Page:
MESSAGE FROM THE DIRECTOR
"If you want to learn in an inspiring and supportive community, and if you meet the criteria, please consider applying for admission to our program. We offer unique courses taught by excellent teachers, special lectures and social opportunities, and exceptional scholarships. It is our goal to help make your college learning experience productive and enjoyable." -- Dr. Scott Goins, Director
McNeese will award its best four-year academic scholarships to freshmen entering the Honors College. Each scholarship will cover the cost of tuition, a dorm room, on-campus meal fees, and up to $1,000 annually for books and supplies. Students may also earn extra spending money through an on-campus work-study job.
Priority registration and individualized academic counseling by an experienced advisor help students obtain the optimum schedule for their curricula.
Small class sizes (10-25) allow for interaction with academically talented peers and personal attention from professors.
The Honors Lounge offers a place for honors students to study, discuss issues, and exchange ideas, as well as to socialize.
Honors courses will have a special designation on University transcripts. Special recognition will be given to Honors College graduates at commencement and on diplomas.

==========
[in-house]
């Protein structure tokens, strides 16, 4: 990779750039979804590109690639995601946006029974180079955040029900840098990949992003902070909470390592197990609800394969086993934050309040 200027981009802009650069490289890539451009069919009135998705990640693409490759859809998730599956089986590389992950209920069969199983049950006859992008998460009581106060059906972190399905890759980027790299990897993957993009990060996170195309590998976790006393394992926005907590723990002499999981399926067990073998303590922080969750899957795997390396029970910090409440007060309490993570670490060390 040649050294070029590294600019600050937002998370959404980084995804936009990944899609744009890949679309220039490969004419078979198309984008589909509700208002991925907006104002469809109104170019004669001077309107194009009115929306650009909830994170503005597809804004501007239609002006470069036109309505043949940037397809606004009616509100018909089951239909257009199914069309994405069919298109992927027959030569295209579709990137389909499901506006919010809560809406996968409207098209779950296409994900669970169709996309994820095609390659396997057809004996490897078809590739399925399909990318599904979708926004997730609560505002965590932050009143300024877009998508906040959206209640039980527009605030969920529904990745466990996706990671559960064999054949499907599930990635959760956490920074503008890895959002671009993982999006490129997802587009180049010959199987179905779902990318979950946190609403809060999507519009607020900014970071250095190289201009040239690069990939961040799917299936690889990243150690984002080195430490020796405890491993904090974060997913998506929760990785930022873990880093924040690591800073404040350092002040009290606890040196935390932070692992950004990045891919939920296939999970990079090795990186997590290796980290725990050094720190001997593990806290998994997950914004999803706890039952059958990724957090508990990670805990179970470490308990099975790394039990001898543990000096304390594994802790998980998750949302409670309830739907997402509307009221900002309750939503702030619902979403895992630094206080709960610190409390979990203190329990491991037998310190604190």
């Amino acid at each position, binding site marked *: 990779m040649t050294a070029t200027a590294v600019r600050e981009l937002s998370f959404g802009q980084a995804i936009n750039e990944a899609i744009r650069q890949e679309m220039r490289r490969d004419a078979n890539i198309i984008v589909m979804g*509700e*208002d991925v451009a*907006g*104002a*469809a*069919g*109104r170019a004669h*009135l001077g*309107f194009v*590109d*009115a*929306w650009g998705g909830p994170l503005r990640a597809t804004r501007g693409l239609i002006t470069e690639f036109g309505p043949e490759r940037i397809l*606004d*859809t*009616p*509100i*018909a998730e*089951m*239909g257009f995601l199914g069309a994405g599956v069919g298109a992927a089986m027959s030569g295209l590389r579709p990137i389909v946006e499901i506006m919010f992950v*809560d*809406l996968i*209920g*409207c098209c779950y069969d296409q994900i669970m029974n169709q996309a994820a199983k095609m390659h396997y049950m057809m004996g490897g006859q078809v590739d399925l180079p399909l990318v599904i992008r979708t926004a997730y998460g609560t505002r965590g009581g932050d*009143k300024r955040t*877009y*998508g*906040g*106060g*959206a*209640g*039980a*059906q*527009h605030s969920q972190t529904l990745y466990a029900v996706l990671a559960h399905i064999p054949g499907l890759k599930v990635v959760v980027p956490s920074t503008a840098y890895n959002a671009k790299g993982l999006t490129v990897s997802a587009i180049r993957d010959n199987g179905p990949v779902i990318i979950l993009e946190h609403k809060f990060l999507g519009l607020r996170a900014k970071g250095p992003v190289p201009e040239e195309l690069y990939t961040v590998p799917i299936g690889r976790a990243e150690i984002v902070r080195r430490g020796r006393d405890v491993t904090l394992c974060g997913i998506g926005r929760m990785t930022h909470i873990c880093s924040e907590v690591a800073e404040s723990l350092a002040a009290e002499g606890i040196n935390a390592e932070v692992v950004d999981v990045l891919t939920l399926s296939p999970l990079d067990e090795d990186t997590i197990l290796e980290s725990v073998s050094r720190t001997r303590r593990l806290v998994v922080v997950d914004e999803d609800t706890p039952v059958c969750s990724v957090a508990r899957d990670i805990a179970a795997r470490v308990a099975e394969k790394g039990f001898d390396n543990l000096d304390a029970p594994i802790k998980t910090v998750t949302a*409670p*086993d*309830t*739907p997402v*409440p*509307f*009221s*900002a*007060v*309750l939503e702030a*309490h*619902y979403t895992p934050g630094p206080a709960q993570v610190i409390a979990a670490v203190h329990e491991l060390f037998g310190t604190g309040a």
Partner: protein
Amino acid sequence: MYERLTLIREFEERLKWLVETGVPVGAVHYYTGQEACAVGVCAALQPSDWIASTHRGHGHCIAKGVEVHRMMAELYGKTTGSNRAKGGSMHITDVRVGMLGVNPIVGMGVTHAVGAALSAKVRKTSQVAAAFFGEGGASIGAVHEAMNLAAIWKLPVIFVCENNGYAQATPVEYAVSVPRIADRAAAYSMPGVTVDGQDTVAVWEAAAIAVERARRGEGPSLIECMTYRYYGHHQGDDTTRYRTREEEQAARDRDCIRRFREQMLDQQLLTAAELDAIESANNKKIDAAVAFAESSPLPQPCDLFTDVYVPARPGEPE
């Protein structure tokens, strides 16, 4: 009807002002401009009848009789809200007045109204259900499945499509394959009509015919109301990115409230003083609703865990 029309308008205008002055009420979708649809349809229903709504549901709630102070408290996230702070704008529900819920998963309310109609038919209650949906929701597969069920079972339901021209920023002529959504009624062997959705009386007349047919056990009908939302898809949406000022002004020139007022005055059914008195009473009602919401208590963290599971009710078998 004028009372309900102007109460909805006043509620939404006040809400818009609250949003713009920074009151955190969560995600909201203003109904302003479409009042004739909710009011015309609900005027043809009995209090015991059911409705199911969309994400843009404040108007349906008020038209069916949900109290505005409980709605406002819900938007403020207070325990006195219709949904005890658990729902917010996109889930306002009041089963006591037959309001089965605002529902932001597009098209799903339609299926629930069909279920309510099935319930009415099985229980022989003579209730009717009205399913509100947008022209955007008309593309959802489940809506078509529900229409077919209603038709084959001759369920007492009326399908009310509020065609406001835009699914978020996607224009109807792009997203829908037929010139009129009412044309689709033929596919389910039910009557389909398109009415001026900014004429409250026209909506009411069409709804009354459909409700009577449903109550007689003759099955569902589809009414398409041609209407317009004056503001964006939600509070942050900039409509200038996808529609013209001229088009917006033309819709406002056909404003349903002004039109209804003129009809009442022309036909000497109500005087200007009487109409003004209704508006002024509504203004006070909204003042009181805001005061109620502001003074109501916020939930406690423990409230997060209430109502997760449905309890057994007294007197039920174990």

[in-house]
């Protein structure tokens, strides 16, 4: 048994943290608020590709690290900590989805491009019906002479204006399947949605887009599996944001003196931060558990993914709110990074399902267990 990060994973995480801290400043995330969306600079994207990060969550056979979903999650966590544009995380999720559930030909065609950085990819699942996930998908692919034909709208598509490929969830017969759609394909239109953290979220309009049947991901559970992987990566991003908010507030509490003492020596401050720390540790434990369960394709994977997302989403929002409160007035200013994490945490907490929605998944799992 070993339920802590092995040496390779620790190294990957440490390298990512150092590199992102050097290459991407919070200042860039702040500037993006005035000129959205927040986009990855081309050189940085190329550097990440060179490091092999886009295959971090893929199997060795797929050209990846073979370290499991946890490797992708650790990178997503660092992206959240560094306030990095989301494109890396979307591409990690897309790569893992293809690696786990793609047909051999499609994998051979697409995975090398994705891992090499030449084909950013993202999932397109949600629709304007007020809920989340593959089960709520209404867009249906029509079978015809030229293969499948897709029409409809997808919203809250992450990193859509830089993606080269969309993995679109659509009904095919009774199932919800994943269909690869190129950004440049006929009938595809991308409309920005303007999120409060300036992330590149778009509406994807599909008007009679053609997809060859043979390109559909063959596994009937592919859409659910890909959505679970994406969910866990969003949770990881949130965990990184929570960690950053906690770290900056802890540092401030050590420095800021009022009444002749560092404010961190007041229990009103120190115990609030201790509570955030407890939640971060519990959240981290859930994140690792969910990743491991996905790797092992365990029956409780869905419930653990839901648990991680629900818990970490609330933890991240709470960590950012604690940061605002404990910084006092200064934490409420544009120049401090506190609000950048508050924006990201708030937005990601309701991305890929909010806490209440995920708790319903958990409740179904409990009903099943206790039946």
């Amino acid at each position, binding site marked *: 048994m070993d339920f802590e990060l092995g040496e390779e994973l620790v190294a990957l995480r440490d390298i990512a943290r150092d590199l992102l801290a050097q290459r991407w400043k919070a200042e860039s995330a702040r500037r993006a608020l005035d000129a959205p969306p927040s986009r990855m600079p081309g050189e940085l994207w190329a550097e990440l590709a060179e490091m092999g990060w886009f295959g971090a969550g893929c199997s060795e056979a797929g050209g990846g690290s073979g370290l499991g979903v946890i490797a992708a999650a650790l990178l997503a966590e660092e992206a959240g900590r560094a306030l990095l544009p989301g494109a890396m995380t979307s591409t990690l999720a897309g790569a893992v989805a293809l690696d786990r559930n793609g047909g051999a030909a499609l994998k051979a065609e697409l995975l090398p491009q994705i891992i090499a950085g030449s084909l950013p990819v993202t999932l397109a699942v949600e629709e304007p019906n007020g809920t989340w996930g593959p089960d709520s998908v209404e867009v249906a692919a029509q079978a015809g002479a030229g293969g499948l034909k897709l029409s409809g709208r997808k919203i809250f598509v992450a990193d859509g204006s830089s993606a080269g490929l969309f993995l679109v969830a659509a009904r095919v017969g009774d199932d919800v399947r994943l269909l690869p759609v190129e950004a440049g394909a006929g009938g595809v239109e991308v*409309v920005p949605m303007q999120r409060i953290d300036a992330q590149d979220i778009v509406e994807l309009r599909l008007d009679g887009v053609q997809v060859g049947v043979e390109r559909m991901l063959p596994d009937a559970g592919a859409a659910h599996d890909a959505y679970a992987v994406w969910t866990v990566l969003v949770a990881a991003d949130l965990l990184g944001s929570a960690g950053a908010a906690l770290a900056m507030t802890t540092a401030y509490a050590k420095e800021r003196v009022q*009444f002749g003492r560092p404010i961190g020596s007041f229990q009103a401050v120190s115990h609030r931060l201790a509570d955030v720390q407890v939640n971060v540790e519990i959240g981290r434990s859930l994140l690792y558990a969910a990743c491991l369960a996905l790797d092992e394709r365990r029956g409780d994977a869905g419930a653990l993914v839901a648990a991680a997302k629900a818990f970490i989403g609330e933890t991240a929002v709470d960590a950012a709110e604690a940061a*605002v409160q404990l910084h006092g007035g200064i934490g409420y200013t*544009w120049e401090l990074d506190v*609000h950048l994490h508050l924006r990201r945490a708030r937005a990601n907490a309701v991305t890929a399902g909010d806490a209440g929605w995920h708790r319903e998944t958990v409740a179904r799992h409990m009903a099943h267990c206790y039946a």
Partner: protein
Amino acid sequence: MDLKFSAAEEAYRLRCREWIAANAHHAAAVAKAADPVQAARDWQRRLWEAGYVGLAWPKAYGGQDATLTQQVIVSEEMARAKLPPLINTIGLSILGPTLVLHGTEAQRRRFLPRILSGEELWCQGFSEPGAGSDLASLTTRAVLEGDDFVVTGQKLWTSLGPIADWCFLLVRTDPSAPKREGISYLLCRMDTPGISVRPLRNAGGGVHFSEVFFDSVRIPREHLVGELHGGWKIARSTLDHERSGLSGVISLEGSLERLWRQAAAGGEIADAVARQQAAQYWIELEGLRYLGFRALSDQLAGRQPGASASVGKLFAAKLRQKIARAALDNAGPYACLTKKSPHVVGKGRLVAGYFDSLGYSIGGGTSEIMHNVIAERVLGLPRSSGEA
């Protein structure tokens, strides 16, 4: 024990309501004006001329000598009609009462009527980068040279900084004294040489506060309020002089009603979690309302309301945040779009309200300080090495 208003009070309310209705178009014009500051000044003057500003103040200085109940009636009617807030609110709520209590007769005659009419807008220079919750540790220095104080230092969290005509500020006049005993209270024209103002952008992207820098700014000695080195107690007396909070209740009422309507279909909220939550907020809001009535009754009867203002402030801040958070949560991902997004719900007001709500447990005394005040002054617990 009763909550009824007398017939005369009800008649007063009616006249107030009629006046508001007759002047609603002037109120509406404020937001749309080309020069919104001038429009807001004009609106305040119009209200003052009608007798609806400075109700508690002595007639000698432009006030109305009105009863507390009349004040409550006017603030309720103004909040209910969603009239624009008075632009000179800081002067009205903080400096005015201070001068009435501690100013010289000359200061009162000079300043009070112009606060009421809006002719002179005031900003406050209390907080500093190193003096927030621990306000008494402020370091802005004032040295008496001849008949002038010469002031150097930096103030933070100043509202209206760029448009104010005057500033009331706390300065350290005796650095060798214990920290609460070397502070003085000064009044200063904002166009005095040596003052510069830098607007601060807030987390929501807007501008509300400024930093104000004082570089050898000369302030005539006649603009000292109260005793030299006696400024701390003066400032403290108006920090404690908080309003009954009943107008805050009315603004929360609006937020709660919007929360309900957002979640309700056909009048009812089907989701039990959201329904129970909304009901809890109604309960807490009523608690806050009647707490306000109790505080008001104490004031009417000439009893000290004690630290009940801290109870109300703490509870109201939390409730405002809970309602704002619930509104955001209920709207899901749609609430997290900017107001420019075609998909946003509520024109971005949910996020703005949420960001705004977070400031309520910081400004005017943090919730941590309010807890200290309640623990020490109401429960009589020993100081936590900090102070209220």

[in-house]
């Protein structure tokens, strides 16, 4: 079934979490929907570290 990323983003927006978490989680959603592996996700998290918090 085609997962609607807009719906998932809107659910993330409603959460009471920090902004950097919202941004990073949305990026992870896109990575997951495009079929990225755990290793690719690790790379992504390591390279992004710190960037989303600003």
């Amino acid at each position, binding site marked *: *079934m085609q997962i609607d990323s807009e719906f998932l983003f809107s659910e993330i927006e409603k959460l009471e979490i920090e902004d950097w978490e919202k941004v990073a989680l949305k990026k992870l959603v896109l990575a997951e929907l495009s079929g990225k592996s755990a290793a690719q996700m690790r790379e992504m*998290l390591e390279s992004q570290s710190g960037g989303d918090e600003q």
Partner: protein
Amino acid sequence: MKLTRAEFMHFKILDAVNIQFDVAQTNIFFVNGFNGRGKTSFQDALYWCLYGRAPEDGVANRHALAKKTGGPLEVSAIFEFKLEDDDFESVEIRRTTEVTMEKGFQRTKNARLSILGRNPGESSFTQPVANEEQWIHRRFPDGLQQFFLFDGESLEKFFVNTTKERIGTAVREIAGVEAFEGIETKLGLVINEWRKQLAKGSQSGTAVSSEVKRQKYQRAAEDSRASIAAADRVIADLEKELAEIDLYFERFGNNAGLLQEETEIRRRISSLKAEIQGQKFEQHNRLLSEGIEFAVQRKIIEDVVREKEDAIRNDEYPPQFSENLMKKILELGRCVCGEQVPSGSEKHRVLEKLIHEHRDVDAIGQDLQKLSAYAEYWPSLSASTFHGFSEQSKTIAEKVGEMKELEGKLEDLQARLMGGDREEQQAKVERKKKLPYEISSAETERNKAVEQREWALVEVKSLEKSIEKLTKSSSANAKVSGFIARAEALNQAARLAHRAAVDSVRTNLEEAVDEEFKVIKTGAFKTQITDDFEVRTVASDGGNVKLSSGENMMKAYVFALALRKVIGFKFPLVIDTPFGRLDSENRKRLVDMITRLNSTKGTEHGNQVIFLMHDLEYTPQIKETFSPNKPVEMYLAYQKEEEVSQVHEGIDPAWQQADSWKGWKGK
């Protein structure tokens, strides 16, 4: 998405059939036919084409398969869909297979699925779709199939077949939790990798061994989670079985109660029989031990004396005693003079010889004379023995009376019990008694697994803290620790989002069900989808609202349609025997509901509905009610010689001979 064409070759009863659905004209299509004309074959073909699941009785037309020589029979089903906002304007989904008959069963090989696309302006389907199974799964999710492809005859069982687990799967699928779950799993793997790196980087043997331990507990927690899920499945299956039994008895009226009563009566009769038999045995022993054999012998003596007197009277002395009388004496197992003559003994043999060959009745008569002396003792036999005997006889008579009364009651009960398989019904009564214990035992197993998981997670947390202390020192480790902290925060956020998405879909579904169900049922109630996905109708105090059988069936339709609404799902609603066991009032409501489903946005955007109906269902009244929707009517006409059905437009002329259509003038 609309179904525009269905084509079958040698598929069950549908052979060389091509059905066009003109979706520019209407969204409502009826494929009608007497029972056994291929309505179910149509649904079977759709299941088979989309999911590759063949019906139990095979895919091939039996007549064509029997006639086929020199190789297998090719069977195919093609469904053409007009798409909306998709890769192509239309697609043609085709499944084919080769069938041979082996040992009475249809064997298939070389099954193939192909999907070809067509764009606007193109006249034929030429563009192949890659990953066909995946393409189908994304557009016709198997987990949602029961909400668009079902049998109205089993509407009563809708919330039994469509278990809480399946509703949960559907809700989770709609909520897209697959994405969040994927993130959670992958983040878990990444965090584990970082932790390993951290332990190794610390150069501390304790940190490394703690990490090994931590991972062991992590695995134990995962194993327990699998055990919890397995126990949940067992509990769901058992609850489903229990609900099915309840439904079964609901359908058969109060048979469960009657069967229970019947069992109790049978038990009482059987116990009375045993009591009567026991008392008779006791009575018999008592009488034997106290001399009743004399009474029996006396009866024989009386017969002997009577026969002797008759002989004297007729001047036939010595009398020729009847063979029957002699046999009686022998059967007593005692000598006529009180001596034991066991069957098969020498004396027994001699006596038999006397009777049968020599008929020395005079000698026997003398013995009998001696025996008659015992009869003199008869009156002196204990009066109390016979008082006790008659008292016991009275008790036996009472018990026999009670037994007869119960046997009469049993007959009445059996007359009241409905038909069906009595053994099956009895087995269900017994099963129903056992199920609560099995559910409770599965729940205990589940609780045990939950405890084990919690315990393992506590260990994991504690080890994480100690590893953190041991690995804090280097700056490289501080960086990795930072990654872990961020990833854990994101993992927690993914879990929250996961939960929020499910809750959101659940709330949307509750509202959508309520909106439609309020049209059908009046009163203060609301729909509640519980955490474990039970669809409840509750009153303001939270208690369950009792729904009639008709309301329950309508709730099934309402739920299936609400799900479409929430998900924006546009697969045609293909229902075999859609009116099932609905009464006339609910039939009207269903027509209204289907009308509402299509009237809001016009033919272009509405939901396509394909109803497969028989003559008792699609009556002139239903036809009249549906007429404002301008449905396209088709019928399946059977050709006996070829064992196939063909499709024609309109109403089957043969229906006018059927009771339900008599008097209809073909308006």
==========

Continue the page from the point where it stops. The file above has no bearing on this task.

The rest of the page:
Special honors events (seminars, field trips, and conferences), cultural opportunities, and social activities provide frequent interaction among students and between students and faculty.
- An excellent high school record including a college-preparatory background.
- A minimum academic grade point average of 3.40 (on a 4.0 scale).
- A composite score of 27 on the American College Test (ACT) or a combined Critical Reading and Math score of 1210 on the Scholastic Aptitude Test (SAT).
- A written essay and interview with Honors College Admissions Committee.
- Three letters of recommendation from teachers, principals, or guidance Counselors.
- Acceptance by the University.
The Honors College diploma requires 25 hours of approved honors classes. They consist of three Core Honors Courses, Honors Option courses, and other courses specifically designed for honors students.
Core Honors Courses - During their first two years, honors students will enroll as a group in unique core courses that satisfy general education requirements. These courses currently consist of ENGL 105-106H (the honors equivalent of ENGL 101-102), and HUMN 105H (an interdisciplinary humanities course).
Honors Options - Students can choose the honors designation in traditional courses by adding independent elements, e.g., a research paper/project, presentation at a regional or national meeting, volunteer service project, etc., as decided by the professor of the course, department head, and Director of the Honors College.
Honors Seminar: HONS 400 is a revolving-topics course that may be taken twice.
HONORS COLLEGE FACULTY
Dr. Jacob Blevins (Ph.D., Texas Tech University, 2002), Associate Professor of English, currently teaches English 105H for the Honors College. In 2006 Dr. Blevins received a Fulbright Fellowship to pursue research on Milton at the University of Cardiff in Wales. Dr. Blevins has published an annotated bibliography on Thomas Traherne, a collection of essays on Traherne, a book on Catullus and Renaissance Literature, and he is currently working on a book on Milton. Dr. Blevins also edits the McNeese Review, a refereed journal published under the auspices of the College of Liberal Arts at McNeese.